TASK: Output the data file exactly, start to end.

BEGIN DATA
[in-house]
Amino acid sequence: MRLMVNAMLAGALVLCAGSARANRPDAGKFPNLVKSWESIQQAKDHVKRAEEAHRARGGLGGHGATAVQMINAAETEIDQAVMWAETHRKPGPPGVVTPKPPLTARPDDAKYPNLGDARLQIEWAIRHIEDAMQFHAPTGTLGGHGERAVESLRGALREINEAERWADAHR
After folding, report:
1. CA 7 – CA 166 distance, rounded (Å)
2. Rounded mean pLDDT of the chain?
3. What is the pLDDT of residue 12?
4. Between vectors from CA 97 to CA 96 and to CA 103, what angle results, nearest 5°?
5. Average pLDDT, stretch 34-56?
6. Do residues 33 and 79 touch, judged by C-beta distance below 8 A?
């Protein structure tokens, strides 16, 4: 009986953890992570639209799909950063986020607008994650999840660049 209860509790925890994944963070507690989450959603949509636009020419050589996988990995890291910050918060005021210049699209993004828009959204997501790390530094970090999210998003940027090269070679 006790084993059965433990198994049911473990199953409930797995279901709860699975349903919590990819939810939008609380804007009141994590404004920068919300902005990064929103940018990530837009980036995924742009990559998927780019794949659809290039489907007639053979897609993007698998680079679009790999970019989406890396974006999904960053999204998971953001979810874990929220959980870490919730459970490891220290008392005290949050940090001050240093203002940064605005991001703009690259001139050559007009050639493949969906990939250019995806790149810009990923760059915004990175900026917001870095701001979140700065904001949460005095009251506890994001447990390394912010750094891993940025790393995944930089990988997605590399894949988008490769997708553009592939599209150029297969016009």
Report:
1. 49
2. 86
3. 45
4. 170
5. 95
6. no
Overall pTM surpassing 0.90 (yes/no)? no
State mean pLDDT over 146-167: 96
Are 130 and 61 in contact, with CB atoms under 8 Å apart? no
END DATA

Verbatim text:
[in-house]
Amino acid sequence: MRLMVNAMLAGALVLCAGSARANRPDAGKFPNLVKSWESIQQAKDHVKRAEEAHRARGGLGGHGATAVQMINAAETEIDQAVMWAETHRKPGPPGVVTPKPPLTARPDDAKYPNLGDARLQIEWAIRHIEDAMQFHAPTGTLGGHGERAVESLRGALREINEAERWADAHR
After folding, report:
1. CA 7 – CA 166 distance, rounded (Å)
2. Rounded mean pLDDT of the chain?
3. What is the pLDDT of residue 12?
4. Between vectors from CA 97 to CA 96 and to CA 103, what angle results, nearest 5°?
5. Average pLDDT, stretch 34-56?
6. Do residues 33 and 79 touch, judged by C-beta distance below 8 A?
């Protein structure tokens, strides 16, 4: 009986953890992570639209799909950063986020607008994650999840660049 209860509790925890994944963070507690989450959603949509636009020419050589996988990995890291910050918060005021210049699209993004828009959204997501790390530094970090999210998003940027090269070679 006790084993059965433990198994049911473990199953409930797995279901709860699975349903919590990819939810939008609380804007009141994590404004920068919300902005990064929103940018990530837009980036995924742009990559998927780019794949659809290039489907007639053979897609993007698998680079679009790999970019989406890396974006999904960053999204998971953001979810874990929220959980870490919730459970490891220290008392005290949050940090001050240093203002940064605005991001703009690259001139050559007009050639493949969906990939250019995806790149810009990923760059915004990175900026917001870095701001979140700065904001949460005095009251506890994001447990390394912010750094891993940025790393995944930089990988997605590399894949988008490769997708553009592939599209150029297969016009």
Report:
1. 49
2. 86
3. 45
4. 170
5. 95
6. no
Overall pTM surpassing 0.90 (yes/no)? no
State mean pLDDT over 146-167: 96
Are 130 and 61 in contact, with CB atoms under 8 Å apart? no